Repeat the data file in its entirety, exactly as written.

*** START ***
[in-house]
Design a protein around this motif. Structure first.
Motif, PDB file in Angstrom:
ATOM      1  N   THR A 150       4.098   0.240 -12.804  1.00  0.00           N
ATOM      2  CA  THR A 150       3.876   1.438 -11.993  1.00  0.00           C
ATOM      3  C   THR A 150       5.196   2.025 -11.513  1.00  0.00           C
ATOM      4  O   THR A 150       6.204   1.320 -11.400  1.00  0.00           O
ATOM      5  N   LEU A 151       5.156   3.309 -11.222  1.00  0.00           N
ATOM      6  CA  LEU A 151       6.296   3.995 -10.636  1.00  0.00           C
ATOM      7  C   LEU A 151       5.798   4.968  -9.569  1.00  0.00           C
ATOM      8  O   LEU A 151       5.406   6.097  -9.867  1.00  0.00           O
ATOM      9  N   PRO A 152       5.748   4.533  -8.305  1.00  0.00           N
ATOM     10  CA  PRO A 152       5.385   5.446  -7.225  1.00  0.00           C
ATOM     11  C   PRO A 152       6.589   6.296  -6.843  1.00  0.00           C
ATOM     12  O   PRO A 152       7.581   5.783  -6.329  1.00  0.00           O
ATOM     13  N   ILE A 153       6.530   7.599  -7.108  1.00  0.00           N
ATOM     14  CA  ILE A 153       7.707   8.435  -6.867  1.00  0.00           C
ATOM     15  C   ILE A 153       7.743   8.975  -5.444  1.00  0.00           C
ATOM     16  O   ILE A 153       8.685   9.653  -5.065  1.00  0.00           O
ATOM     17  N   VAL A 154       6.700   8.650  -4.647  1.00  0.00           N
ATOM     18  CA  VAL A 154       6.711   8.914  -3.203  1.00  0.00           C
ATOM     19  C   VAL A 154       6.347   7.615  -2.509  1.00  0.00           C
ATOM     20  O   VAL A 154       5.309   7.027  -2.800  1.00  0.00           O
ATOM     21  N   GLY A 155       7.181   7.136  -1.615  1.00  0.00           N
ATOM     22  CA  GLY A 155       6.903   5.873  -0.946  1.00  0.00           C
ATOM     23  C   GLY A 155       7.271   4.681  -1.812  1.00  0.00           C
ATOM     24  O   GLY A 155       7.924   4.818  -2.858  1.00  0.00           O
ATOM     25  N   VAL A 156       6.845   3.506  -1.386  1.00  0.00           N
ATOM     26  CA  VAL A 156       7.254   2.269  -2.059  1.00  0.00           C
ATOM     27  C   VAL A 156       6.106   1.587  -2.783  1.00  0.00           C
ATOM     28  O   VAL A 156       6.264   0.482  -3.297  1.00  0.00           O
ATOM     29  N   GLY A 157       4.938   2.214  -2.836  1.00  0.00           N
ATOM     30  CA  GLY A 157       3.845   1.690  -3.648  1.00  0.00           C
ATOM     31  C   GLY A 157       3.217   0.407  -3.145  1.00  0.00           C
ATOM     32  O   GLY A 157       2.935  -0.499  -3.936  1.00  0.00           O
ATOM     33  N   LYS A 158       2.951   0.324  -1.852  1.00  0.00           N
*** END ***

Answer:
[in-house]
Design a protein around this motif. Structure first.
Motif, PDB file in Angstrom:
ATOM      1  N   THR A 150       4.098   0.240 -12.804  1.00  0.00           N
ATOM      2  CA  THR A 150       3.876   1.438 -11.993  1.00  0.00           C
ATOM      3  C   THR A 150       5.196   2.025 -11.513  1.00  0.00           C
ATOM      4  O   THR A 150       6.204   1.320 -11.400  1.00  0.00           O
ATOM      5  N   LEU A 151       5.156   3.309 -11.222  1.00  0.00           N
ATOM      6  CA  LEU A 151       6.296   3.995 -10.636  1.00  0.00           C
ATOM      7  C   LEU A 151       5.798   4.968  -9.569  1.00  0.00           C
ATOM      8  O   LEU A 151       5.406   6.097  -9.867  1.00  0.00           O
ATOM      9  N   PRO A 152       5.748   4.533  -8.305  1.00  0.00           N
ATOM     10  CA  PRO A 152       5.385   5.446  -7.225  1.00  0.00           C
ATOM     11  C   PRO A 152       6.589   6.296  -6.843  1.00  0.00           C
ATOM     12  O   PRO A 152       7.581   5.783  -6.329  1.00  0.00           O
ATOM     13  N   ILE A 153       6.530   7.599  -7.108  1.00  0.00           N
ATOM     14  CA  ILE A 153       7.707   8.435  -6.867  1.00  0.00           C
ATOM     15  C   ILE A 153       7.743   8.975  -5.444  1.00  0.00           C
ATOM     16  O   ILE A 153       8.685   9.653  -5.065  1.00  0.00           O
ATOM     17  N   VAL A 154       6.700   8.650  -4.647  1.00  0.00           N
ATOM     18  CA  VAL A 154       6.711   8.914  -3.203  1.00  0.00           C
ATOM     19  C   VAL A 154       6.347   7.615  -2.509  1.00  0.00           C
ATOM     20  O   VAL A 154       5.309   7.027  -2.800  1.00  0.00           O
ATOM     21  N   GLY A 155       7.181   7.136  -1.615  1.00  0.00           N
ATOM     22  CA  GLY A 155       6.903   5.873  -0.946  1.00  0.00           C
ATOM     23  C   GLY A 155       7.271   4.681  -1.812  1.00  0.00           C
ATOM     24  O   GLY A 155       7.924   4.818  -2.858  1.00  0.00           O
ATOM     25  N   VAL A 156       6.845   3.506  -1.386  1.00  0.00           N
ATOM     26  CA  VAL A 156       7.254   2.269  -2.059  1.00  0.00           C
ATOM     27  C   VAL A 156       6.106   1.587  -2.783  1.00  0.00           C
ATOM     28  O   VAL A 156       6.264   0.482  -3.297  1.00  0.00           O
ATOM     29  N   GLY A 157       4.938   2.214  -2.836  1.00  0.00           N
ATOM     30  CA  GLY A 157       3.845   1.690  -3.648  1.00  0.00           C
ATOM     31  C   GLY A 157       3.217   0.407  -3.145  1.00  0.00           C
ATOM     32  O   GLY A 157       2.935  -0.499  -3.936  1.00  0.00           O
ATOM     33  N   LYS A 158       2.951   0.324  -1.852  1.00  0.00           N